"High Fidelity" / Elvis Costello & the Attractions
When the album Get Happy came out in 1980, Elvis Costello was no longer The Flavor of the Month, and this new musical direction -- a tribute to the sounds of Stax R&B and Philly soul -- baffled critics as well as many fans. But not me; I loved that album from Day One, couldn't get enough of it. It just may be my favorite Elvis Costello album ever.
So imagine how thrilled I was a few days ago when Elvis, performing with Allen Toussaint at at a jazz festival in Madrid, Spain, launched into this number from Get Happy. It was deep into the set and Elvis was definitely on a roll, emoting and pulling out all the stops. The only person in that crowd who was more thrilled than me was my friend Luis, who looked like he was having an out-of-body experience.
In typical Elvis Costello fashion, this song is based on a pun -- "high fidelity" could be either stereo sound or marital faithfulness, and Elvis constantly darts from one meaning to the other. The situation he paints is all clouded up with jealousy and irrational fury, but it seems that he's watching an ex-girlfriend/wife with her new man, which drives him into a passion (a complicated, neurotic passion, of course -- this IS Elvis Costello, after all). "Some things you never get used to / Even though you're feeling like another man" -- I tell you, nobody pins down these fleeting psychological states like Elvis does.
You can just hear the rancor boiling as he describes the couple -- "Lovers laughing in their amateur hour / Holding hands in the corridors of power." Isn't "amateur hour" a perfect phrase for the first stages of a new relationship? And as he writhes, watching them, they are surely in the "corridors of power." This is genius songwriting, no question about it. His voice faltering, he reminds himself, "Even though I'm with somebody else right now" -- yeah, he's with somebody else, and she may be totally hot, but it doesn't help. He's still savagely jealous and weak and angry. How HUMAN.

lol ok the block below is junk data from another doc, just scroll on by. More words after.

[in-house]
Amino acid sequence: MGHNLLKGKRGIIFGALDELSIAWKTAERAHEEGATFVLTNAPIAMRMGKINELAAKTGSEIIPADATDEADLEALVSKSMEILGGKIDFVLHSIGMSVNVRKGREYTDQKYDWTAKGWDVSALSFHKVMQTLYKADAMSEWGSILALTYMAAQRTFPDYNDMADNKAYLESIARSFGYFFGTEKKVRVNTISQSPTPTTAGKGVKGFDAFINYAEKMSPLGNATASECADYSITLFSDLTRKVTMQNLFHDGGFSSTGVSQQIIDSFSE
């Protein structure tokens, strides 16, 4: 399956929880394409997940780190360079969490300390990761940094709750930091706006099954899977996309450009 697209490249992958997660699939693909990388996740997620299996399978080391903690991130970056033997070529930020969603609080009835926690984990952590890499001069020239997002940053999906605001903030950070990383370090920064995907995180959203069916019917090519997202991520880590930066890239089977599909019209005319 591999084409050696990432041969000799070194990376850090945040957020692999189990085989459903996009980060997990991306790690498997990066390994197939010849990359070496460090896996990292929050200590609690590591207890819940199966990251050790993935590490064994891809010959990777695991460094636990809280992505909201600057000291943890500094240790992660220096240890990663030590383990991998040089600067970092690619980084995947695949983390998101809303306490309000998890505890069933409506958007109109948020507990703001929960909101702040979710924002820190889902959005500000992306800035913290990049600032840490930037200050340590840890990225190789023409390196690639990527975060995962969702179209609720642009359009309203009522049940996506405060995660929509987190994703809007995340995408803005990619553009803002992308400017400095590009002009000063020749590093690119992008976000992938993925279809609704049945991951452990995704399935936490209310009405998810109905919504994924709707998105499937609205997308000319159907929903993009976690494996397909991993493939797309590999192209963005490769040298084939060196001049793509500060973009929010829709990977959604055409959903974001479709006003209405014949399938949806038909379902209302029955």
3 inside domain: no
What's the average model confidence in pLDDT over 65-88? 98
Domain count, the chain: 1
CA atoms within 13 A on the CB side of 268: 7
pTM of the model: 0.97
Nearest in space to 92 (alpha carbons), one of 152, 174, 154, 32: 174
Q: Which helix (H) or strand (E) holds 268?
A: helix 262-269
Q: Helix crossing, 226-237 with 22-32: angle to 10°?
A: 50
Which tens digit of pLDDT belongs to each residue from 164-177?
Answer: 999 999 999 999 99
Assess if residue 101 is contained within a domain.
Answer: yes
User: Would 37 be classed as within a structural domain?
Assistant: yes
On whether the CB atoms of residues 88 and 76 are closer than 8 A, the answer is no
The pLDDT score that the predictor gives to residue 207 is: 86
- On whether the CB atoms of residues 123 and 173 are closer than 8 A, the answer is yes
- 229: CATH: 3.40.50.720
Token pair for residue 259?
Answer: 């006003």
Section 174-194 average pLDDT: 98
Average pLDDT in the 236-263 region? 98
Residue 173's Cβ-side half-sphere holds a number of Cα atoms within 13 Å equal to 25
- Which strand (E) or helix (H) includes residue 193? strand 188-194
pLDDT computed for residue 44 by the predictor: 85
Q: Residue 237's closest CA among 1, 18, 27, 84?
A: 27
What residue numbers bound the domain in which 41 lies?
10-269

I love how Elvis's voice zooms down into the verse like a circling airplane, stuffing in the rapid-fire clever lyrics, throwing us right into the middle of a wrought-up situation (verse 2 pulls off the same trick -- "Even though you're nowhere near me / And I know you kiss him so sincerely now"). Then, when he swings into the chorus, how he draws out the "high" of "high fidelity," taking it through a few chord shifts and upping the volume, as if fiddling with a stereo set's knobs. He pushes his voice relentlessly into its gruff, staticky edges, pleading "Can you hear me? / Can you hear me? / Can you hear me?"
In the bridge, he reels off a series of radio/relationship double meanings: "There's a new kind of dedication / Maybe you'll find it down the tunnel / Maybe I got above my station / Maybe you're only changing channel" (for years I heard that last line as "Baby I'd like to change your channel" -- that's how palpable the threat in his voice is). Maybe it's just Elvis showing off his own virtuosity, but I don't care. I like Elvis's virtuosity.
Listen to those those minor-key piano chords hammering away so ominously (is Steve Nieve brilliant or what?). That night in Spain, the Crescent City Horns added to those syncopated chord progressions, making the whole thing swing even more. This is a timeless song, simply timeless. In 1980, when so many other bands were following the trendy call of disco and artsy New Wave and punk, Elvis Costello was going his own way, following his own quirky muse. I loved it then, and I love it still.
High Fidelity sample